While Dr. Poirier points out that these results are specific to radiobiology, they suggest a worrying trend with regard to the larger picture of scientific communication. “We attribute this to strict word limits and an emphasis placed on results rather than methods in these [high impact factor] journals,” he comments, “as well as lack of qualified reviewers specializing in the manuscript’s field”.
Reproducibility: A Spreading Culture?
The reproducibility problem has certainly raised the most eyebrows in the life sciences, but it deserves much broader discussion. A positive-result bias and sloppy reporting practices aren’t isolated to a single scientific field: they reflect a more dangerous general culture.
A survey conducted by Nature in 2016 of over 1500 researchers revealed that more than 70% of them had “tried and failed to reproduce another scientist’s experiments, and more than half have failed to reproduce their own experiments”. A third of respondents also reported not having any procedure in place to handle these situations, though the past 5 years have seen a drastic increase in institutional practices being established.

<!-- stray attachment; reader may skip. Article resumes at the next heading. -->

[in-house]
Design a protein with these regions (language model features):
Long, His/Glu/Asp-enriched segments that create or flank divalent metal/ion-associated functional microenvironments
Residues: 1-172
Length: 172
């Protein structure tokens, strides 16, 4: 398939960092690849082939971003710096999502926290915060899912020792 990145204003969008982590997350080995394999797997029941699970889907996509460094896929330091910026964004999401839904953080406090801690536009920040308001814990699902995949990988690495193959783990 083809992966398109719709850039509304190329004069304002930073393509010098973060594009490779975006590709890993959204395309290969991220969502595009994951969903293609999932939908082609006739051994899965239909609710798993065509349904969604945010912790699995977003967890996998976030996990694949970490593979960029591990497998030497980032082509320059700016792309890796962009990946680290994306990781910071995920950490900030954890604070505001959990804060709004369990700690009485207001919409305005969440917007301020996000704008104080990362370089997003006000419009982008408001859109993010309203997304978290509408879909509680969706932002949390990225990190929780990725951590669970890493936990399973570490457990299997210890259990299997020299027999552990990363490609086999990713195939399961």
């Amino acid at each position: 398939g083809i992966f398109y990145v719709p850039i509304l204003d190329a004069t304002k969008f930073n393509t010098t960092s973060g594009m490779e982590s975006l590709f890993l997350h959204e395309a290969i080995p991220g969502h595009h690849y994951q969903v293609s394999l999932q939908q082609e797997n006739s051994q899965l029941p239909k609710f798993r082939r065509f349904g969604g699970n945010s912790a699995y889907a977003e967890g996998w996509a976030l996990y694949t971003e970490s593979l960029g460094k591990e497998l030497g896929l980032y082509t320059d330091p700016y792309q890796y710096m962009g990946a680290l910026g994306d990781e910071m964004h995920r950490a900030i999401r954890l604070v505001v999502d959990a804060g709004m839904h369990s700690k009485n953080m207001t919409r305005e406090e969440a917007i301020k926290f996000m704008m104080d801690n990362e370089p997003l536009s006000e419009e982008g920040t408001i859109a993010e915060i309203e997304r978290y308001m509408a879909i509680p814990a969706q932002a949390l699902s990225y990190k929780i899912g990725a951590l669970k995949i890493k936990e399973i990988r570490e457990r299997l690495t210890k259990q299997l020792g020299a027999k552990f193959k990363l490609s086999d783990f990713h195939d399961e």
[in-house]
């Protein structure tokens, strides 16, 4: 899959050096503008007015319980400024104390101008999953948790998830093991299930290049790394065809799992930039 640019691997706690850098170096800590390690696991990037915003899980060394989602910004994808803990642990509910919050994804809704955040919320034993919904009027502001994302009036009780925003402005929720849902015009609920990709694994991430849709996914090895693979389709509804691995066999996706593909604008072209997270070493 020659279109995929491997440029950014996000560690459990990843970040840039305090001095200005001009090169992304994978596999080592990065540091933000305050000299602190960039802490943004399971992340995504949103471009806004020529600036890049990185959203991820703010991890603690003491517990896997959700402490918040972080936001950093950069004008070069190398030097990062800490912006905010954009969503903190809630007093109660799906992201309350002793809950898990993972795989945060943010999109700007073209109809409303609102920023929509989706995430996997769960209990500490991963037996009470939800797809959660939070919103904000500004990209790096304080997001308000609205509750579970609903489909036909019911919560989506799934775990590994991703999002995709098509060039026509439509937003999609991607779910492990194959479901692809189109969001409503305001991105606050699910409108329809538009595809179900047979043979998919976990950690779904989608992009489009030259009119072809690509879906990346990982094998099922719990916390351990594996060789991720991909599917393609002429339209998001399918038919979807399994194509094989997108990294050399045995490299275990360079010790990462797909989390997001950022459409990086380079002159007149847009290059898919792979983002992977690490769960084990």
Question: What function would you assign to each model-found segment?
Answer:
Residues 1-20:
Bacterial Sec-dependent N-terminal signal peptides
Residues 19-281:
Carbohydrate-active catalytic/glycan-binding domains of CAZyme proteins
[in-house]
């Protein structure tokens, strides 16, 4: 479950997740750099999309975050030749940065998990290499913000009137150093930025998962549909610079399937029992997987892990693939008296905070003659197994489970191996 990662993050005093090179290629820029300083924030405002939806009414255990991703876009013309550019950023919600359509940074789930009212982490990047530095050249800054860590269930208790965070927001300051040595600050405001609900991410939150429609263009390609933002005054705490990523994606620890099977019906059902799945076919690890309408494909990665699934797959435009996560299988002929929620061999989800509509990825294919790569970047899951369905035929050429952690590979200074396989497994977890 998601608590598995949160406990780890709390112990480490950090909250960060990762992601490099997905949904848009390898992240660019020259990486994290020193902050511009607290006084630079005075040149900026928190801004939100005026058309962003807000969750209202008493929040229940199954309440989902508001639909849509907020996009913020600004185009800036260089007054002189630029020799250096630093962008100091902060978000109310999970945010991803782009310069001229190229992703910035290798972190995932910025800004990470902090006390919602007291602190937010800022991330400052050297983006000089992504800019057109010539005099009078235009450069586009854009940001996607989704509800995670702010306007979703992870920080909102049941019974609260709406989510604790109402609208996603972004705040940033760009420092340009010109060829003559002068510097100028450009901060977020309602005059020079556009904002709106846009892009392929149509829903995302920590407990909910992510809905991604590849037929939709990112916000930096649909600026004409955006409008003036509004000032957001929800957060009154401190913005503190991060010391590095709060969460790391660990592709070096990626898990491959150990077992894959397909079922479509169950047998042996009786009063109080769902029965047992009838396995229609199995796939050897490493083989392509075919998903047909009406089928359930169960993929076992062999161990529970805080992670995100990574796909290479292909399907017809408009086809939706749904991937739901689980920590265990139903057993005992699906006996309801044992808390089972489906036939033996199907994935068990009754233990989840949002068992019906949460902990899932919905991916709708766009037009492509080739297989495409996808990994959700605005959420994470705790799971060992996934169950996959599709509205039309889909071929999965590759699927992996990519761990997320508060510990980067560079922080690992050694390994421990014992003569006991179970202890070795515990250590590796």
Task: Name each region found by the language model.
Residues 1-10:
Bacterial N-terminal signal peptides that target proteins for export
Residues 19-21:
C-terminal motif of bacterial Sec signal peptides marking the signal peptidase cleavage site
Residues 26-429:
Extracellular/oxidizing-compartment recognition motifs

The pressure to publish and selective reporting were cited as the major reasons behind this issue, supported by professional competition for funding and better positions.
More than 70% of the Nature survey’s respondents had “tried and failed to reproduce another scientist’s experiments”.Monya Baker, Nature, 533, 452-54
More telling is that those surveyed worked across disciplines spanning chemistry, biology, physics and engineering, medicine, as well as Earth and environmental sciences, showing the widespread nature of the issue and, coincidentally, reflecting the broad reach of materials science.
As scientific endeavours become increasingly problem-focused (rather than discipline-focused), the issue of proper reporting and limited reproducibility has the potential to grow worse. As a collective, materials scientists necessarily tend to become generalists over the course of their careers. A great deal of materials science in particular therefore sees researchers reporting outside their original discipline, where they are less likely to have formal training and could more easily skip over details that are outside their comfort zone or which don’t seem immediately relevant to their framing of a study’s outcome.
Call to Action